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Oklahoma basketball: Jasmine Hartman thrives in reserve role

Jasmine Hartman's role with the Sooners has fluctuated, but she is now mostly a reserve guard and defensive stopper for the Oklahoma women's team.
by Jason Kersey Published: February 9, 2013

/articleid/3753745/1/pictures/1948923">Photo - OU: Oklahoma's Jasmine Hartman (45) passes the ball beside TCU's Ashley Colbert (44) during a women's college basketball game between the University of Oklahoma and TCU at the Lloyd Noble Center in Norman, Okla., Wednesday, Jan. 30, 2013. Oklahoma won 74-53. Photo by Bryan Terry, The Oklahoman
OU: Oklahoma's Jasmine Hartman (45) passes the ball beside TCU's Ashley Colbert (44) during a women's college basketball game between the University of Oklahoma and TCU at the Lloyd Noble Center in Norman, Okla., Wednesday, Jan. 30, 2013. Oklahoma won 74-53. Photo by Bryan Terry, The Oklahoman

“My coach always told me, ‘You've got a good stance, but you don't move very well,'” Hartman said. “I came into the role. My sophomore year, we had to take on different roles, and my role was defense.”

She started the first 12 games of her junior season, but resumed a reserve role once Hand returned from the first of her two severe knee injuries at OU; the second ended her career early this season.

In the preseason before the 2011-12 season — supposed to be her senior year — Hartman tore her ACL, redshirted and came back for one more season.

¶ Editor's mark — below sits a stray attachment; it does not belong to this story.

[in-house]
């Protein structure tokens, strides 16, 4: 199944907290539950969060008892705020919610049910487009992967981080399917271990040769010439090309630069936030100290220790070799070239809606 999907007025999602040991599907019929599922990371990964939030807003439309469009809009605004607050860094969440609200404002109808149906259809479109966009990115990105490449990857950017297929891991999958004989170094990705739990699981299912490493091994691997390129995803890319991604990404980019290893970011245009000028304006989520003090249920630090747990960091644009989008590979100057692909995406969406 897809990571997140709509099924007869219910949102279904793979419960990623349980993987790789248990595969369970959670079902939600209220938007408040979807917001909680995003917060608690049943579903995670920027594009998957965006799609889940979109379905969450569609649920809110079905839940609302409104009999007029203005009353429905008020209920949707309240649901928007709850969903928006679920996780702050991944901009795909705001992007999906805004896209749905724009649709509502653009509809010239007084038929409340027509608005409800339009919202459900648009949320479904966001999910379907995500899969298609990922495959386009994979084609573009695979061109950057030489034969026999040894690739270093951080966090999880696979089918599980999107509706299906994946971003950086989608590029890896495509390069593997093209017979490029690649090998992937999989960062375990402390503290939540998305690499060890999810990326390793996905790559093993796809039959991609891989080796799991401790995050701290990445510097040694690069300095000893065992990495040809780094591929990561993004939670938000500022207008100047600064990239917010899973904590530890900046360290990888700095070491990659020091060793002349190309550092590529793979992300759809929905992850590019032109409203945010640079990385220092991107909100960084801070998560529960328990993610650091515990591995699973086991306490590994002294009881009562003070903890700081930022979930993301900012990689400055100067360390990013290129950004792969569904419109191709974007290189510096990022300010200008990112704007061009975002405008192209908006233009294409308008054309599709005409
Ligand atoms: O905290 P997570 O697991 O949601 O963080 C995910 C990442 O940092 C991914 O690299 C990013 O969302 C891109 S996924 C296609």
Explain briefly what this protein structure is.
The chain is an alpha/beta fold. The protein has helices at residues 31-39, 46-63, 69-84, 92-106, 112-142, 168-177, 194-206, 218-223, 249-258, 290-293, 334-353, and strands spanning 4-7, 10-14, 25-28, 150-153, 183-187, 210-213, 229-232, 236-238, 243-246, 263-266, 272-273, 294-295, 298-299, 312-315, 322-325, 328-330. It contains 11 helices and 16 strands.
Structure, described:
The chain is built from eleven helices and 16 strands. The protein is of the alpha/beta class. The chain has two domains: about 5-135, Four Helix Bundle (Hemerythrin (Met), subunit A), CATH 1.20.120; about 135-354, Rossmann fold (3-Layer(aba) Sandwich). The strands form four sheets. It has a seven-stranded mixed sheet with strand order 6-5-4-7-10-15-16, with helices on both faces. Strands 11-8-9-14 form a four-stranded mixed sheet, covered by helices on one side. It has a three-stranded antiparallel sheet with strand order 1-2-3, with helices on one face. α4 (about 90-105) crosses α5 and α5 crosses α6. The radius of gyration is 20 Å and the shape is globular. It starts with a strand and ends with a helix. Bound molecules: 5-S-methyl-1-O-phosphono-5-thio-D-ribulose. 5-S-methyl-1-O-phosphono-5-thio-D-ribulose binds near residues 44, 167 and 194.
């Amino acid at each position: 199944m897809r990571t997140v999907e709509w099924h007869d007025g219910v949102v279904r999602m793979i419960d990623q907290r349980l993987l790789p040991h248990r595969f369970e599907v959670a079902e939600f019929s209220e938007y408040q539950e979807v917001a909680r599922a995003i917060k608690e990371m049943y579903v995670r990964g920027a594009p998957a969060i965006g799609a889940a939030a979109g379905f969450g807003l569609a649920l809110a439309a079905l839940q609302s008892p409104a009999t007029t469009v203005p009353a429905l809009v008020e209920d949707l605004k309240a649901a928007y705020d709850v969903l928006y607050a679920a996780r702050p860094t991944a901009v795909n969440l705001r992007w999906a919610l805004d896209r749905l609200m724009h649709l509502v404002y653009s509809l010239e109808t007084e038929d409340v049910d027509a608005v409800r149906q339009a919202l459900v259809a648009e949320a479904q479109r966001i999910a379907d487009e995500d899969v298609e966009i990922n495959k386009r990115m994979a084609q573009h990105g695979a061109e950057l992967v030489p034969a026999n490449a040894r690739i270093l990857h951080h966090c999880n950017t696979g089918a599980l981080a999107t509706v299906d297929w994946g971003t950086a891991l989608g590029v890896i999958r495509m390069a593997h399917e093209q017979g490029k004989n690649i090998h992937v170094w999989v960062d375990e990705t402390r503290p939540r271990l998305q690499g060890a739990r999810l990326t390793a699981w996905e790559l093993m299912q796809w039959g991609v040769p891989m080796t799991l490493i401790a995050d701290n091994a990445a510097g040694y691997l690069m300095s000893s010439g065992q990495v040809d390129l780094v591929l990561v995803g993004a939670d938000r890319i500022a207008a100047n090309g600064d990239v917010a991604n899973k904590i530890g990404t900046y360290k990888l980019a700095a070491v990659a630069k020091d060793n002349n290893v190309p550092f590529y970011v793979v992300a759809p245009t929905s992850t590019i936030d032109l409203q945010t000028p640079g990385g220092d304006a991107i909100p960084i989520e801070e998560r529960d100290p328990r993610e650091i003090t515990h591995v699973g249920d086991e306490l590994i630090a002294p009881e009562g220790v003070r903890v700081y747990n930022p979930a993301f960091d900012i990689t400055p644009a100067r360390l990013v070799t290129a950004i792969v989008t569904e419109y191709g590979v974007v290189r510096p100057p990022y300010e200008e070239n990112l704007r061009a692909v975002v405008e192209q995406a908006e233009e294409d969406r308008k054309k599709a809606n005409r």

So far this year, Hartman has only averaged 15.8 minutes and 1.3 points per game.

“Her teammates depend on her,” said OU coach Sherri Coale. “They know when she comes in, she can take the lead perimeter player for the other team and lock them down.”

Hand said she thinks the team's younger players have learned a lot from Hartman's perpetually good attitude.

“How to practice, and how to be the same every day,” Hand said. “That's what I take from her. If she's in a bad mood, she keeps it to herself. If something bad happens, she just rolls with it.

“That's important in this sport because stuff happens all the time. You're dealing with something every single day. It goes so fast, you can't be affected by much. Nothing's a huge deal, and I hope the young kids are learning that.”

by Jason Kersey
OU Sports Reporter
Jason Kersey became The Oklahoman's OU football beat writer in May 2012 after a year covering high school sports and OSU recruiting. Before joining the newspaper in November 2006 as a part-time results clerk, he covered high school football for...
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